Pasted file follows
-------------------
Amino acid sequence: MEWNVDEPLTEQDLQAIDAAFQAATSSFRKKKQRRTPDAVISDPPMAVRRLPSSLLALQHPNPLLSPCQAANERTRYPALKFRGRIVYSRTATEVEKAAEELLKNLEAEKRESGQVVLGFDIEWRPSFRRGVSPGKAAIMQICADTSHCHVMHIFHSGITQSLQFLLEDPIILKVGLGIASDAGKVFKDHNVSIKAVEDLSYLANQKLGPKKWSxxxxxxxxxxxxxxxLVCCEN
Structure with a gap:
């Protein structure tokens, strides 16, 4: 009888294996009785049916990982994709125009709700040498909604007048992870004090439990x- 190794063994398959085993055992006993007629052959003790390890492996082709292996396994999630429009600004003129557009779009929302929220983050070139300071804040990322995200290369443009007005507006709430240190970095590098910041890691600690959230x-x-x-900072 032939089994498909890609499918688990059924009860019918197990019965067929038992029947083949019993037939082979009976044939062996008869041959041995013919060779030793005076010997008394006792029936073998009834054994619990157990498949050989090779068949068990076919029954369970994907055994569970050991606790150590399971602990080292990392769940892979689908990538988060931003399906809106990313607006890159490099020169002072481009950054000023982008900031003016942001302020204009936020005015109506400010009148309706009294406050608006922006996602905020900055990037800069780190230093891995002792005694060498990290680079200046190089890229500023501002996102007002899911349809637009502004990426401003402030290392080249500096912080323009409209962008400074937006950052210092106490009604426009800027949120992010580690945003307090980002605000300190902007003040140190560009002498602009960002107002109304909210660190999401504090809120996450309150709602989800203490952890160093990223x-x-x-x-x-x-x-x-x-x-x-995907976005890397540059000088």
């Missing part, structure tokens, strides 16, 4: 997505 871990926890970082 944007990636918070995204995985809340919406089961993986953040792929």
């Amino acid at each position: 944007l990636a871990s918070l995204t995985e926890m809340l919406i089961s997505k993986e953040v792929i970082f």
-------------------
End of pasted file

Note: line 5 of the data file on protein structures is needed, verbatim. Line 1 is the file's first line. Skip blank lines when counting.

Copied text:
């Amino acid at each position: 944007l990636a871990s918070l995204t995985e926890m809340l919406i089961s997505k993986e953040v792929i970082f």